Democracy is dying
Confirming an observation perhaps first made in this space several years ago, Connecticut Secretary of the State Denise Merrill last week told WTIC-AM1080 morning show hosts Ray Dunaway and Joe D'Ambrosio that a third of the eligible adults in Connecticut and throughout the country don't bother registering to vote.
So when it was announced that 76 percent of the state's voters participated in the last presidential election, this really meant that only about half the eligible adult population − the population 18 and older − participated.
The calculation of voter participation in the last election for governor, 56 percent, meant that only 38 percent of the eligible population voted, with 62 percent not participating.
The calculation of voter participation in last year's municipal elections, 30 percent, meant that only 20 percent of those eligible voted and 80 percent stayed home.
The trend of voter participation long has been down. Far more people voted in Connecticut's municipal elections 50 years ago than in last year's election though the state's population now is far larger.
What does this indifference say about the future of the state and the country? It says that half the population couldn't care less about the country, nearly two-thirds couldn't care less about the state, and more than three-quarters couldn't care less about their city or town.
Other basic demographic measures may help explain this indifference. Half Connecticut's high school seniors never master high school English and two-thirds never master high school math but, because of social promotion, are graduated anyway. About 40 percent of children in the state and the country are born into households without a father and thus are put on the fast track to poverty.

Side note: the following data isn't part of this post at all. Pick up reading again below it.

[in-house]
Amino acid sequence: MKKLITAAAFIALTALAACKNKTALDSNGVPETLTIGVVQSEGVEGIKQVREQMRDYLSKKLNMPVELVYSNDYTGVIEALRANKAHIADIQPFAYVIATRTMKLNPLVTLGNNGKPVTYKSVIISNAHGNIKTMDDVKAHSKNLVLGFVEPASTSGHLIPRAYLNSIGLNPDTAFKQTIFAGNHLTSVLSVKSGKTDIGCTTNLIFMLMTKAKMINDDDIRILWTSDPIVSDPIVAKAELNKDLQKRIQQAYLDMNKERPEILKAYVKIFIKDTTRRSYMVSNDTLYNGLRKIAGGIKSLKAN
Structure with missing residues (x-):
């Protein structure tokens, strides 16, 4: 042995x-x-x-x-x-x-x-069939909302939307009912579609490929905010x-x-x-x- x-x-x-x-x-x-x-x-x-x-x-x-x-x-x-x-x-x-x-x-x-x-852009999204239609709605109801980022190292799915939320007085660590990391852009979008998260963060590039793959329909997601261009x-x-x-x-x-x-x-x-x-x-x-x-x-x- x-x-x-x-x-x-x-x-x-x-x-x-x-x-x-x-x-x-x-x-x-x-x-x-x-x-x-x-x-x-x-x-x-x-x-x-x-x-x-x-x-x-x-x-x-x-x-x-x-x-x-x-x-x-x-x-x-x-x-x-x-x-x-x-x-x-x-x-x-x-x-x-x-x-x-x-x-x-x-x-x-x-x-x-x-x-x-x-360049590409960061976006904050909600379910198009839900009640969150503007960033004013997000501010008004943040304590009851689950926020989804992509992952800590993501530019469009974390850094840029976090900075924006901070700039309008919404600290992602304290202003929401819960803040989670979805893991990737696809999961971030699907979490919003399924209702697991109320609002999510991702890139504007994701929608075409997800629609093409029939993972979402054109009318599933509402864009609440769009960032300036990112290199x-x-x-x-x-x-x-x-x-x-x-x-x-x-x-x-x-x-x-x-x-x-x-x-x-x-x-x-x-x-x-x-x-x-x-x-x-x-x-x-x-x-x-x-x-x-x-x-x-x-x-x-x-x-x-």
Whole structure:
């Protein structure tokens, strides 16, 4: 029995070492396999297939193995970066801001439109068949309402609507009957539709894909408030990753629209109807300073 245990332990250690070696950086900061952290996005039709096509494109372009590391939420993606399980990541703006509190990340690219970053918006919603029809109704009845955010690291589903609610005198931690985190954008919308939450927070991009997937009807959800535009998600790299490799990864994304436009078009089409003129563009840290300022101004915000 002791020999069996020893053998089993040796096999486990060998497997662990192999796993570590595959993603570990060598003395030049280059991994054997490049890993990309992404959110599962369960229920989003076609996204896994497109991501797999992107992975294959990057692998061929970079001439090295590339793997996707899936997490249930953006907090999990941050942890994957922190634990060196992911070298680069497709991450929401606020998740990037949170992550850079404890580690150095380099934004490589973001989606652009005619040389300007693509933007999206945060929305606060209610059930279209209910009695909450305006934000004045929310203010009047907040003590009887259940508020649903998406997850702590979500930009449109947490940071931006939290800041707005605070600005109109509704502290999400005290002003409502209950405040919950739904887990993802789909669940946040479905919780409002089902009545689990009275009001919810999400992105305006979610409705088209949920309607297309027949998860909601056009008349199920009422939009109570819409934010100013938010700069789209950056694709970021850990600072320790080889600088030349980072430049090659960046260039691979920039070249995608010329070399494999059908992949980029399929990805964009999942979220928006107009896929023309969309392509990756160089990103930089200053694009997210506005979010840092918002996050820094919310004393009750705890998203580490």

This is social disintegration, as most people no longer have any appreciation for democracy, liberty, and the sacrifices made for them by past generations. Most people today seem to think that their comfort is the natural order of things, not something achieved and maintained by civic engagement.
As civic engagement collapses, politics and government increasingly are left to special interests whose main objective is plunder.
How can this trend be reversed? It starts with restoring the parents that so many children no longer have and with the schools, which fail to instill patriotism and responsibility and, indeed, fail even to educate much.
Social disintegration is more serious than every other issue facing the country and the state but it's not even on government's agenda.
This disintegration makes it almost impossible for politicians to be responsible or even relevant.
Where is the candidate with the courage to tell huge numbers of his constituents that their having children outside marriage imposes a huge handicap on their kids and society? Where is the candidate with the courage to tell his constituents that social promotion makes the diplomas of their children meaningless and that parents and children alike must work harder for education?
Where are the voters who would even listen to any such candidate?
This year Connecticut again has no such candidates for its highest offices. The Democratic nominee for governor, Ned Lamont, has taken a position on U.S. Supreme Court nominee Brett Kavanaugh but no position on how the overwhelming deficit projected for the next state budget should be closed. The Republican nominee for governor, Bob Stefanowski, has had nothing to say about either issue.
Chris Powell is a columnist for the Journal Inquirer in Manchester.
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